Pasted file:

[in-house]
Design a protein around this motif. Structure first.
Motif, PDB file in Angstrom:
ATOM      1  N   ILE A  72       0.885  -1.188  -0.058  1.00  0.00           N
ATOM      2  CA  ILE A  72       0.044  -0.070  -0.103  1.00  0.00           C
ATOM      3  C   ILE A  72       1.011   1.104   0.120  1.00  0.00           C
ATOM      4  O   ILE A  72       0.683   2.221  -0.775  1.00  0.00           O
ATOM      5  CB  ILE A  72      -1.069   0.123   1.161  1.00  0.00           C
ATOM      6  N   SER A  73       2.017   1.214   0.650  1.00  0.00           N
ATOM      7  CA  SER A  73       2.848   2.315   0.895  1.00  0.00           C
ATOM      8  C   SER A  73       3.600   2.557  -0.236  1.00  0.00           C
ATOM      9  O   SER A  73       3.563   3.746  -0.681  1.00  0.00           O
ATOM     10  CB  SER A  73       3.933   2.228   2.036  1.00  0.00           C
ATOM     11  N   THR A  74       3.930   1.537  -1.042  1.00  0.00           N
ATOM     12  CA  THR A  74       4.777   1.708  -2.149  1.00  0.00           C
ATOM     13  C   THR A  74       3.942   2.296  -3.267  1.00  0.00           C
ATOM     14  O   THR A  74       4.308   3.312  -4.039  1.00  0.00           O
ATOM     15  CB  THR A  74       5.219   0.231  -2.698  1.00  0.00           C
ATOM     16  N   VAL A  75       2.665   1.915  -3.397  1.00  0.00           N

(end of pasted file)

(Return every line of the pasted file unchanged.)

[in-house]
Design a protein around this motif. Structure first.
Motif, PDB file in Angstrom:
ATOM      1  N   ILE A  72       0.885  -1.188  -0.058  1.00  0.00           N
ATOM      2  CA  ILE A  72       0.044  -0.070  -0.103  1.00  0.00           C
ATOM      3  C   ILE A  72       1.011   1.104   0.120  1.00  0.00           C
ATOM      4  O   ILE A  72       0.683   2.221  -0.775  1.00  0.00           O
ATOM      5  CB  ILE A  72      -1.069   0.123   1.161  1.00  0.00           C
ATOM      6  N   SER A  73       2.017   1.214   0.650  1.00  0.00           N
ATOM      7  CA  SER A  73       2.848   2.315   0.895  1.00  0.00           C
ATOM      8  C   SER A  73       3.600   2.557  -0.236  1.00  0.00           C
ATOM      9  O   SER A  73       3.563   3.746  -0.681  1.00  0.00           O
ATOM     10  CB  SER A  73       3.933   2.228   2.036  1.00  0.00           C
ATOM     11  N   THR A  74       3.930   1.537  -1.042  1.00  0.00           N
ATOM     12  CA  THR A  74       4.777   1.708  -2.149  1.00  0.00           C
ATOM     13  C   THR A  74       3.942   2.296  -3.267  1.00  0.00           C
ATOM     14  O   THR A  74       4.308   3.312  -4.039  1.00  0.00           O
ATOM     15  CB  THR A  74       5.219   0.231  -2.698  1.00  0.00           C
ATOM     16  N   VAL A  75       2.665   1.915  -3.397  1.00  0.00           N